It seems to have become fashionable in Jane Austen Fan Fiction Fanon, particularly at but leaking elsewhere, in the past year to use the word “frippery” to mean adornment or decoration or baubles. Every time I see it seems like it is an out of place word trying to cosplay at faux Regency or worse feels like cat’s claws scratching down a blackboard. I did look it up at the Austen Thesaurus once – (which seems to be down) – and it was only used once in all Jane Austen’s writing.

I just did a word search of P&P, Persuasion, and Lady Susan and frippery or fripperies were not used at all in any of the digital versions that I have. Perhaps in Emma or Mansfield Park or Northanger Abbey? So, who knows the context and which book, in Austen context conveys so very much as her humor could be dry and cutting.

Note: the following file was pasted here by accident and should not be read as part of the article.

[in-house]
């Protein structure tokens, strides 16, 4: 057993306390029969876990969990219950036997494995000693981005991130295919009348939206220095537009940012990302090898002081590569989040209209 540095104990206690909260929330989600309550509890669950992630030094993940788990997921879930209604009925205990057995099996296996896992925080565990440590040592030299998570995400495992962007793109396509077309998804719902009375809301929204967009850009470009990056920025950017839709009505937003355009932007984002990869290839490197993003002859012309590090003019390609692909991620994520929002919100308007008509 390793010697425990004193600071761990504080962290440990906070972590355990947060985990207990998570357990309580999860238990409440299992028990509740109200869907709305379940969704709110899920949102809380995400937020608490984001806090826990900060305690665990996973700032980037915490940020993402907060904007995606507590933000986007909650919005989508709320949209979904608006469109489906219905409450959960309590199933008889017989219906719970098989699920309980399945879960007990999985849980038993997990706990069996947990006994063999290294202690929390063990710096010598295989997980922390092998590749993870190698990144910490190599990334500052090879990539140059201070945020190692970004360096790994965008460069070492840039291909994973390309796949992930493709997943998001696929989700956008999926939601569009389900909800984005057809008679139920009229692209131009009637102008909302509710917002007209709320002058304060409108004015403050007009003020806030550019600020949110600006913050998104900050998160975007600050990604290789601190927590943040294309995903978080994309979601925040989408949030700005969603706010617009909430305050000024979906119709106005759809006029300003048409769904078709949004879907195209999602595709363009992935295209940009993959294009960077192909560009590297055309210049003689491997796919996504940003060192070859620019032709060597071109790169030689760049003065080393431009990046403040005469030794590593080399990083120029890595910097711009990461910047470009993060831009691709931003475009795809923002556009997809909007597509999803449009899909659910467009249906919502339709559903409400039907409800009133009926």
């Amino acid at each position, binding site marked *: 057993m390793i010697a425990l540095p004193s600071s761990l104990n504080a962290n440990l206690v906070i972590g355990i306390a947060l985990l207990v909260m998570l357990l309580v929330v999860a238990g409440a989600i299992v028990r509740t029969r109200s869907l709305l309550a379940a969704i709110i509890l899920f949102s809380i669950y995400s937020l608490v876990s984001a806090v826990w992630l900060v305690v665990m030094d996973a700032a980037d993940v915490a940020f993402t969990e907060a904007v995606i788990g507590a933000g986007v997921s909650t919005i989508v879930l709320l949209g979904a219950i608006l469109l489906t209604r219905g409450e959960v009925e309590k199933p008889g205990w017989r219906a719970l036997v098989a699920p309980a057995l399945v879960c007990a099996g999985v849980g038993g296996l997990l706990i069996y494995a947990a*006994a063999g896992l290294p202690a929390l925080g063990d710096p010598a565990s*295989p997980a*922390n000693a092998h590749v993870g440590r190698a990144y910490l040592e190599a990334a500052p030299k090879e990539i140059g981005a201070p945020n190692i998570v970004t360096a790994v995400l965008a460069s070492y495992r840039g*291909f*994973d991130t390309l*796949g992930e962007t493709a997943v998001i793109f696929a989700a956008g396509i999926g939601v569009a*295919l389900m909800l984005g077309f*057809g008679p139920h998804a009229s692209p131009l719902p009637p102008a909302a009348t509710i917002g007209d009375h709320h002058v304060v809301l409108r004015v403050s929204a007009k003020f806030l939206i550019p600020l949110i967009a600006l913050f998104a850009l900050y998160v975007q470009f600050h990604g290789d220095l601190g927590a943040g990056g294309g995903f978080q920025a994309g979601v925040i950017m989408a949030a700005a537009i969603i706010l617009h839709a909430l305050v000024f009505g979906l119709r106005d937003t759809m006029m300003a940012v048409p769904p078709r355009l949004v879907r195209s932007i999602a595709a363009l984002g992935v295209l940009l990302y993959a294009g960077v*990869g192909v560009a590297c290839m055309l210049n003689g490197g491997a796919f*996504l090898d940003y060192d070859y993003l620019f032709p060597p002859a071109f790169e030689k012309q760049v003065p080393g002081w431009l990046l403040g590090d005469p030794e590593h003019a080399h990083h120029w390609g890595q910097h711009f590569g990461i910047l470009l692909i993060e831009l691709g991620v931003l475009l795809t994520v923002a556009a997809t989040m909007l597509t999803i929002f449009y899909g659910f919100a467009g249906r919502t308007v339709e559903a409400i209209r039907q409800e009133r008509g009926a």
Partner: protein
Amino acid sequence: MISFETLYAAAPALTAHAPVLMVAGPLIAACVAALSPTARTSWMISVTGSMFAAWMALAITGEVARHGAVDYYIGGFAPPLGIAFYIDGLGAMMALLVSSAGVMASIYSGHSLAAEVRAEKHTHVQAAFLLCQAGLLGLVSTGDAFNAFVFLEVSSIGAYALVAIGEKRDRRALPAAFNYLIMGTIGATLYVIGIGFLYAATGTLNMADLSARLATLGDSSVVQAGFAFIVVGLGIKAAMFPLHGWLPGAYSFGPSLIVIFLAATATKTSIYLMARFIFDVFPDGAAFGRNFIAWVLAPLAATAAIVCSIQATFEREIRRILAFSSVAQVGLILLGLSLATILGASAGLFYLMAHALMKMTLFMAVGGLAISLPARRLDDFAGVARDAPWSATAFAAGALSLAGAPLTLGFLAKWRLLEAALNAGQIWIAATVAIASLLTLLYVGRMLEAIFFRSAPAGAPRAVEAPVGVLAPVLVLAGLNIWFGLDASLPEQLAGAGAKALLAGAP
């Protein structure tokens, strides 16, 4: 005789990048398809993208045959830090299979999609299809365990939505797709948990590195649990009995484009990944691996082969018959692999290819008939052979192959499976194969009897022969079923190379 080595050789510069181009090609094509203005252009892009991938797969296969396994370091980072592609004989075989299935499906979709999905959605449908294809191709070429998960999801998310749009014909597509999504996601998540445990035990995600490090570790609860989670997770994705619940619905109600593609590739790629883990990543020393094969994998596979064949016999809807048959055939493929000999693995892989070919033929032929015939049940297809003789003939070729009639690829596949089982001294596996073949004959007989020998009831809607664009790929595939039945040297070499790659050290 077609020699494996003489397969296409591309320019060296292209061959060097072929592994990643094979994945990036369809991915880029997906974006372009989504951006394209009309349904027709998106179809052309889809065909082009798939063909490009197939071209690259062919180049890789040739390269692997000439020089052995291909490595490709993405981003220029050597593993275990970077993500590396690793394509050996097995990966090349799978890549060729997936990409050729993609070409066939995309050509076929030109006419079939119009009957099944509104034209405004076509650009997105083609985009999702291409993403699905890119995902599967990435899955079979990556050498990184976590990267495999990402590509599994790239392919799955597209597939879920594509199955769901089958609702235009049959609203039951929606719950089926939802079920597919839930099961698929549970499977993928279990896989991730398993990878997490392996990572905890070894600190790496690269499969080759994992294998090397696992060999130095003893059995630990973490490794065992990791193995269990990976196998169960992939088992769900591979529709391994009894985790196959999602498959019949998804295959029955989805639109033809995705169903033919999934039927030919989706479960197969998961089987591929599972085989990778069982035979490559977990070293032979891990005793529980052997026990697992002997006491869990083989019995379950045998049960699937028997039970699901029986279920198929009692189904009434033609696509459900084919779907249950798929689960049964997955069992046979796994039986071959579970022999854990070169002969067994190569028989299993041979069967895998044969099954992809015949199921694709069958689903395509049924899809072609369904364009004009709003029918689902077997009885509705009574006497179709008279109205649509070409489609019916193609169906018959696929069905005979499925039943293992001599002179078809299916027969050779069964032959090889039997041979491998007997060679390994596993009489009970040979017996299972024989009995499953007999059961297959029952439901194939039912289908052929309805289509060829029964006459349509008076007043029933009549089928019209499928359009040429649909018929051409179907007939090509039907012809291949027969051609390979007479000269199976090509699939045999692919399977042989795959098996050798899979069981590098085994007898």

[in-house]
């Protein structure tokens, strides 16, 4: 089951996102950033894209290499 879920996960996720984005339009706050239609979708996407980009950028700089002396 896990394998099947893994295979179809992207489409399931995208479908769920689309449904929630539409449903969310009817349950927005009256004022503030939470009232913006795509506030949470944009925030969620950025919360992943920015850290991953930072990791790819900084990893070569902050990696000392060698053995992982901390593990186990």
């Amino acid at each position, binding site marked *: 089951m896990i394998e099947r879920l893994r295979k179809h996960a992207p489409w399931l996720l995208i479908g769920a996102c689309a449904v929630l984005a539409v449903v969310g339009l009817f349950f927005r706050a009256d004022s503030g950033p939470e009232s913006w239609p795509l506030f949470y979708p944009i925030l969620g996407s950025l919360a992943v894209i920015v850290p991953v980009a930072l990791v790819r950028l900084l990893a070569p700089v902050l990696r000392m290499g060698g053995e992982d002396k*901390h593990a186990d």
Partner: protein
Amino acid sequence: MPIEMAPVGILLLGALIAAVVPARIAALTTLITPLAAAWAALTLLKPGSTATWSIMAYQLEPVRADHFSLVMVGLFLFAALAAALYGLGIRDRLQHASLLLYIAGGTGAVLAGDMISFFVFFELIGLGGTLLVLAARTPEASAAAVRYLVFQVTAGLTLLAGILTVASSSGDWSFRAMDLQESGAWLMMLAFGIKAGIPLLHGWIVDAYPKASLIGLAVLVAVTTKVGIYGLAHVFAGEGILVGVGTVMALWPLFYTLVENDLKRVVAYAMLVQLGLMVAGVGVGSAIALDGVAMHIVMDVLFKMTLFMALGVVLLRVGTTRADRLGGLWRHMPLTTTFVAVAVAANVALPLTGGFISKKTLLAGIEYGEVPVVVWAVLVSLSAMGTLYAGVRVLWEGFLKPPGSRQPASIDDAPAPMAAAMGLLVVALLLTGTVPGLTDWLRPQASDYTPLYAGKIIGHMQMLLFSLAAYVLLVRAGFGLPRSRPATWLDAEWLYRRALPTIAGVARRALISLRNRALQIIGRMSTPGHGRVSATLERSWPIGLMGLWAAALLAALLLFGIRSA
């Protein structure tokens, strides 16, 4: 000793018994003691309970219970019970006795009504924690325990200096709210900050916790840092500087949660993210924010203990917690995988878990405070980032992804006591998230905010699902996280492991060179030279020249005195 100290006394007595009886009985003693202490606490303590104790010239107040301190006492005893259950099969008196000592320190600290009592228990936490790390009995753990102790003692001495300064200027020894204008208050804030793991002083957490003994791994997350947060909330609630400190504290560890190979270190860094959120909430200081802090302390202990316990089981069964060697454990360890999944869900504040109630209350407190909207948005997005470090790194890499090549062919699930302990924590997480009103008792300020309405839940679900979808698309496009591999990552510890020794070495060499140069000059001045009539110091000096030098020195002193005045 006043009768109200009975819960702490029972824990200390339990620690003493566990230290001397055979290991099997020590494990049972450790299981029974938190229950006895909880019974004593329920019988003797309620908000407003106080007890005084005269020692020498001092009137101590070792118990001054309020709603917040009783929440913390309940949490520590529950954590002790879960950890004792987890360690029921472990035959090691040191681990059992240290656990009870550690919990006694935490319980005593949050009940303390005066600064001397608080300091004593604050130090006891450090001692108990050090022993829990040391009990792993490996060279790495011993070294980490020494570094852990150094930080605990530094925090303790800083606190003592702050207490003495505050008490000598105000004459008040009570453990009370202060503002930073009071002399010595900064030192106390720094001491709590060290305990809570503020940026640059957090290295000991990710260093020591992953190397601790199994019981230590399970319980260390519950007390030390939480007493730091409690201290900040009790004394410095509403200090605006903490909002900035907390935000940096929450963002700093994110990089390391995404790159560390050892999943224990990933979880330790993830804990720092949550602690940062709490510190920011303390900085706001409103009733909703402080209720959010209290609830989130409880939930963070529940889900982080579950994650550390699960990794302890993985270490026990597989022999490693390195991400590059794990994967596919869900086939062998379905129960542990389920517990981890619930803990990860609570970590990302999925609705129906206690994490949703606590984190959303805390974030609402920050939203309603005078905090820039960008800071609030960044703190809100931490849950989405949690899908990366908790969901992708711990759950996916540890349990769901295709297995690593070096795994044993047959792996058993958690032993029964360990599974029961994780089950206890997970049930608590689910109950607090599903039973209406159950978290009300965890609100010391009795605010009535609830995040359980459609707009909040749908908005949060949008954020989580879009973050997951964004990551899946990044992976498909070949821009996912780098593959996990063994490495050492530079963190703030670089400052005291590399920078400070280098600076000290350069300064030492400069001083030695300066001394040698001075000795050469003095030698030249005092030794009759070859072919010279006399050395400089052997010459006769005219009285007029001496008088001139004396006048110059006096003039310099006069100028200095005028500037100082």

Our friends at The Online Etymology Dictionary state:

frippery (n.)

1560s, “old clothes, cast-off garments,” from French friperie “old clothes, an old clothes shop,” from Old French freperie, feuperie “old rags, rubbish, old clothes” (13c.), from frepe, feupe “fringe; rags, old clothes,” from Late Latin faluppa “chip, splinter, straw, fiber.” The notion is of “things worn down, clothes rubbed to rags.” The ironic meaning “finery” (but with overtones of tawdriness) dates from 1630s.

So, if in the 1630s the word was used to mean finery in an ironic fashion with overtones of tawdriness, then do any of us know where and what context Jane Austen used the word in Canon less than two hundred years later? Then why is the word being trotted out now rather than using a variety of other words.

One of the odd things about participating in a world wide fandom for a set of books written over two hundred years ago is word usage. It becomes its own little whirlpool that has layers of Regency vs. Modern usage, British vs American vs Commonwealth vs ESL usage, book canon vs. any number of screen adaptations, etc.